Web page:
Unexpectedly finding a hive of bees, on the other hand, can be dangerous. If the hive is uncovered when performing yard work with loud machines, say yielding a leaf blower, or on a ride-on mower, the sound and activity could upset the hive. If you find a hive on your property or in an area that many people come upon, it is best to perform a live honey bee removal, so the bees don’t get agitated from activity in the area. Honey bee hive removal is a job best left to the professionals who have the right safety protective gear and knowledge. The last thing you want to do it upset a hive of bees by spraying them madly and running. Not only will you anger the colony, but it also won’t kill the hive because most likely the queen will not be disturbed.

How do I know if the bees are Africanized honey bees?

There is also a chance that you might have come across africanized honey bees. How do you know if they are africanized honey bees (aka Killer bees)? You won’t be able to tell just by looking, there are some slight differences, but in the heat of the moment, you don’t want to stick around to determine. You must observe their personality. Africanized honey bees are more aggressive in general. They attack in more significant numbers and stay angry and aggressive for up to an hour. Africanized honey bees venom is stronger, and they can make a nest in just about anything and anywhere.

How do you stay safe around bees in the summer?

  • If you came across a hive of bees unexpectedly. Do not make a scene, move away quietly and slowly until the bees are no longer in sight.
  • If you have accidentally already disturbed the bees, run as fast as you can in a straight line and find shelter. The furthest even Africanized bees will chase you is a quarter of a mile.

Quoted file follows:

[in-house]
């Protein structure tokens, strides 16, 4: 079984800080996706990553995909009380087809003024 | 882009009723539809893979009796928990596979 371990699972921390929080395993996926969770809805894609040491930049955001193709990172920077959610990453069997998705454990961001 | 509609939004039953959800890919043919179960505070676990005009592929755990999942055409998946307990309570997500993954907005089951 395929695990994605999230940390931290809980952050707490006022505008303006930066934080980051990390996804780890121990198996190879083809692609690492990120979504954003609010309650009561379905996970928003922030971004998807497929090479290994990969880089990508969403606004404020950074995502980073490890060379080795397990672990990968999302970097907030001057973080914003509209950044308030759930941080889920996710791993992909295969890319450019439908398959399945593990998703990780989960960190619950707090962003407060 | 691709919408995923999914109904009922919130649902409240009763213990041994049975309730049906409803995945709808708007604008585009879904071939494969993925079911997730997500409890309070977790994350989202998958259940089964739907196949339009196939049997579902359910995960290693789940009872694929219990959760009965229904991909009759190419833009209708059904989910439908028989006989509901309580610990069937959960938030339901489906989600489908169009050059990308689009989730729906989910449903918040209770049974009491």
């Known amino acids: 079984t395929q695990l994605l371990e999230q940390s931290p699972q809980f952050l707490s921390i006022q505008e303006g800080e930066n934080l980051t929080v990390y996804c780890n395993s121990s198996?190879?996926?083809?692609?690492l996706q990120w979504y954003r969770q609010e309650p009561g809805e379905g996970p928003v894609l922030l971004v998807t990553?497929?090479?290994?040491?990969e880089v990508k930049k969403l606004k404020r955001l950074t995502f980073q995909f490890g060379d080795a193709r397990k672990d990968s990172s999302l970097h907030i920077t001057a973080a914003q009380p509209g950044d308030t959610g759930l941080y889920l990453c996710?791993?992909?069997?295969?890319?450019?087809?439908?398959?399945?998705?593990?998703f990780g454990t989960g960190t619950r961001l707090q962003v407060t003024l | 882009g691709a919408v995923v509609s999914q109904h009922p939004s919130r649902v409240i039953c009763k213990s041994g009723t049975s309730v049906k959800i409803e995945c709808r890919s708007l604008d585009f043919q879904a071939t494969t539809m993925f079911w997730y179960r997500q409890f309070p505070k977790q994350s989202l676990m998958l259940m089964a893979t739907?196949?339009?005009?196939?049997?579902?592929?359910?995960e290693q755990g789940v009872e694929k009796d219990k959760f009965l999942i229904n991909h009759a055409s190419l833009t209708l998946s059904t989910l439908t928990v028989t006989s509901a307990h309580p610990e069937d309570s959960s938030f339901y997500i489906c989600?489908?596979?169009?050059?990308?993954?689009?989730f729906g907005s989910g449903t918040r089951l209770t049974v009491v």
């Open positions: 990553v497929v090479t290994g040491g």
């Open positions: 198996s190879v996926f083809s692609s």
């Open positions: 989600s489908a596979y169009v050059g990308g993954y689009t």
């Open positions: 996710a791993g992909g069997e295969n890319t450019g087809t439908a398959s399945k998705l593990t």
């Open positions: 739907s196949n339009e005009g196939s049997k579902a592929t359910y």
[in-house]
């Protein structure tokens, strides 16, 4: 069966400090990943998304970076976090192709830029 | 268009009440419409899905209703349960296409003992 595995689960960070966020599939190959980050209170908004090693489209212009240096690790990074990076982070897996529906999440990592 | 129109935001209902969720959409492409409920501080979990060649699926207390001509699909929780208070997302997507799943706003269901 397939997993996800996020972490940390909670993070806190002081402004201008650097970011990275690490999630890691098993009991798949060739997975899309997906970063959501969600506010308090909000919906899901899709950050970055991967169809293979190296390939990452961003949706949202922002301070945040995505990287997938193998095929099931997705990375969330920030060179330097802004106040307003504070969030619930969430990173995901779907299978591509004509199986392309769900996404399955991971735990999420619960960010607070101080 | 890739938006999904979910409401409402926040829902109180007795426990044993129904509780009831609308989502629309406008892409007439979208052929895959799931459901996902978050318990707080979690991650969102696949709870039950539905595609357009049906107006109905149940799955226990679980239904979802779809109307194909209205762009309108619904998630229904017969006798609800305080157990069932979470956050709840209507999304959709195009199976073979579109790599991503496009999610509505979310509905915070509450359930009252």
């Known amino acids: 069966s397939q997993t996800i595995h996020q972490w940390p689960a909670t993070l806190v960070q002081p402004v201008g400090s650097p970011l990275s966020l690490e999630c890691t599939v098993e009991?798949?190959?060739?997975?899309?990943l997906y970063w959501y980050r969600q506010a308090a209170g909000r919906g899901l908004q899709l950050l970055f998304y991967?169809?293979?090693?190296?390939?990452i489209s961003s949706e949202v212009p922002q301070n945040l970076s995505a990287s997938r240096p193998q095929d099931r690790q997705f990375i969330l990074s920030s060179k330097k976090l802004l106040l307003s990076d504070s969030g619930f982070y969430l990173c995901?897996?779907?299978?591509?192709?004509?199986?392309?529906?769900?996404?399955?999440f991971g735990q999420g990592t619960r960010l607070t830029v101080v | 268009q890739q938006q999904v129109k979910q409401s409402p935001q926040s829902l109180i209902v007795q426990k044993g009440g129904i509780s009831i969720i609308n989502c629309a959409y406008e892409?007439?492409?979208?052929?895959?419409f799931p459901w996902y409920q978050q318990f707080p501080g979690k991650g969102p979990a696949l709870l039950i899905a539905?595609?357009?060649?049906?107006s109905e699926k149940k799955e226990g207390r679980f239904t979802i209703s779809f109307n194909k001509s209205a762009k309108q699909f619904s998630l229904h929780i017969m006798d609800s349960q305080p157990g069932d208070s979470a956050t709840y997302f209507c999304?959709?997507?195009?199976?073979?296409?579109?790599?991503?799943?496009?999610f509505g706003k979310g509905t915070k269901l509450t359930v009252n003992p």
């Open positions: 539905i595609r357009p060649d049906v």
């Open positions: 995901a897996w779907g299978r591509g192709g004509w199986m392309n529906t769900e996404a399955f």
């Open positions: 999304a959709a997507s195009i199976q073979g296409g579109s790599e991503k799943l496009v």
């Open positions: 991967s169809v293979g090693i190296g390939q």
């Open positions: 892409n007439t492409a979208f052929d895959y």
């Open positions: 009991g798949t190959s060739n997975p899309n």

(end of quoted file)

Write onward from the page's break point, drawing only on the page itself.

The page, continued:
• If for some reason you can’t run, cover your face and eyes from the bees with your arms or shirt. Try to remain calm and do not flail and swat and scream. This just makes the bees madder!
  • Do not attempt to jump in the water to avoid the bees. They will be waiting for you to get a breath of air!

What do you do if you are stung by bees?

When a bee stings, it leaves it stinger. You want to remove the stinger as fast as possible. Scape it out and wash the area with soap and water. Later you can apply a cold compress to the area. If you have trouble breathing, become dizzy or even nauseous, you might be having an allergic reaction to the sting. Call 911 as soon as possible. The good news is that most of the population is not allergic to bees. On average, only a very small percent of the population is allergic to bees. But for those who are, it can be deadly. If you are out and about this summer in nature where bees might be, avoid heavy scents like found in florid soaps and body lotions. Don’t wear bright colors or florals that might look like lunch for a bee. Try not to leave sweet stuff uncovered at a picnic or leave sticky garbage out without a lid.

Bees do not want to harm you. But they also do not like being disturbed. If you do find a hive, contact Little Giant Beekeepers and we can help you decide the next steps free of charge. Call 972-316-9135 for a free consultation.

 

IMAGE CREDIT: Photo by Juan Salamanca from Pexels